2. Department of Pediatrics, Washington University in St. Louis, and St. Louis Children’s Hospital, St. Louis, Missouri, USA.
3. Department of Pediatrics, Children’s Hospital of Pittsburgh of UPMC, University of Pittsburgh, USA.
4. Center for Risk Perception and Communication, Carnegie Mellon University, USA.
5. Center for Research and Evaluation, School of Nursing, University of Pittsburgh, USA.
Background: Preconception counseling (PC) significantly and inexpensively reduces risks of reproductive-health complications for women with diabetes. Our validated technology-based preconception counseling intervention, READY-Girls, is tailored for female teens with type 1 (T1D) and type 2 (T2D) diabetes and targets decision-making regarding effective family planning and seeking PC. Our teen-focused research was instrumental in changing the American Diabetes Association’s Practice Recommendations to specify that preconception counseling should "Start at puberty…". This directive requires support from wellinformed mothers of teens. Our goal is to provide both teen girls and their mothers with preconception counseling knowledge, and provide mothers with sex-communication training. Evaluation should focus on mother-daughter dyads.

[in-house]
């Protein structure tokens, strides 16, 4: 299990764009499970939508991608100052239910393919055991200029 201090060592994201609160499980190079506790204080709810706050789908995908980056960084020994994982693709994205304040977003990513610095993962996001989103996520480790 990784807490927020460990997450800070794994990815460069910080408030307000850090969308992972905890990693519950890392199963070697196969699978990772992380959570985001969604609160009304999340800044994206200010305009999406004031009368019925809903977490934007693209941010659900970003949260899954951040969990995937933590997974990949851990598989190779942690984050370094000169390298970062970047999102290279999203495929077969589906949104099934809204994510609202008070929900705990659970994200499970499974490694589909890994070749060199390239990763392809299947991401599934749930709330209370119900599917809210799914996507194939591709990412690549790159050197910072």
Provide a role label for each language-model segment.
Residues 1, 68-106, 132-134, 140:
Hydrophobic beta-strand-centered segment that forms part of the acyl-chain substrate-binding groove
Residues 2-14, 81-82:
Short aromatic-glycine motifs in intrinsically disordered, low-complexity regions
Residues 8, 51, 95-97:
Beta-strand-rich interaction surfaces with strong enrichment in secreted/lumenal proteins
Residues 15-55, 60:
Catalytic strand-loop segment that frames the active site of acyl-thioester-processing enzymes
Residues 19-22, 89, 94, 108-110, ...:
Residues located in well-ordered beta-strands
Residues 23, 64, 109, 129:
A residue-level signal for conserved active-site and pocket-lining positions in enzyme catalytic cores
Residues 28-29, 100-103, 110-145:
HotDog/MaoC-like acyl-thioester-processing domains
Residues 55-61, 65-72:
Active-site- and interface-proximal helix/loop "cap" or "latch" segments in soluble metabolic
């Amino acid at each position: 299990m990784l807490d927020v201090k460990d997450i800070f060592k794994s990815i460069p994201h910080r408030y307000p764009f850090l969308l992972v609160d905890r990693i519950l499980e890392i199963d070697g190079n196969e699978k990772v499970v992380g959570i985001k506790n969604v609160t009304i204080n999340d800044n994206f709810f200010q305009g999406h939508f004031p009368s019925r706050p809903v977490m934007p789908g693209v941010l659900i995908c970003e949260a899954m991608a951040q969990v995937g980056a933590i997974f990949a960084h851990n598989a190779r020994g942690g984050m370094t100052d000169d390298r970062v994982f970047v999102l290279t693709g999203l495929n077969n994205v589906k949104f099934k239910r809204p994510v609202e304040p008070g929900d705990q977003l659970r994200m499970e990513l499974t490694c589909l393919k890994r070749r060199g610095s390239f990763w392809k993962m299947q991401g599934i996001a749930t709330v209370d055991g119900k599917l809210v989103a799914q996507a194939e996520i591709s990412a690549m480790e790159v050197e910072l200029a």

Purpose: This feasibility study explored mother’s and daughter’s awareness and knowledge of diabetes and pregnancy, and preconception counseling; and compared mother-daughter responses using dyadic analyses.
Methods: A mixed-method design was conducted with 10 mothers of daughters with T1D. Mothers were given READY-Girls intervention and completed knowledge and support questionnaires. Their responses were compared to those of their daughter’s who were participating in a large randomized, control intervention trial with READY-Girls.
Results: The major theme from one-on-one interviews was, "I know nothing about diabetes/pregnancy risks and PC". Mother’s and daughter’s perceptions of having limited knowledge were confirmed by low knowledge scores. Mothers perceived giving higher levels of support compared to their daughter’s perceptions of receiving support.
Conclusion: Mothers can play a vital role in initiating discussions regarding reproductive-health with their daughters and reinforcing preconception counseling. Mother-daughter team approach for starting preconception counseling at puberty in girls with diabetes is feasible. Mother-daughter dyadic analyses can be important to explore possible mediating and moderating roles of mother-daughter communication and support about reproductive health on the relationship between READY-Girls intervention and sustainable outcomes.
Keywords: Diabetes mellitus, reproductive health, adolescence, mother-child relation, family planning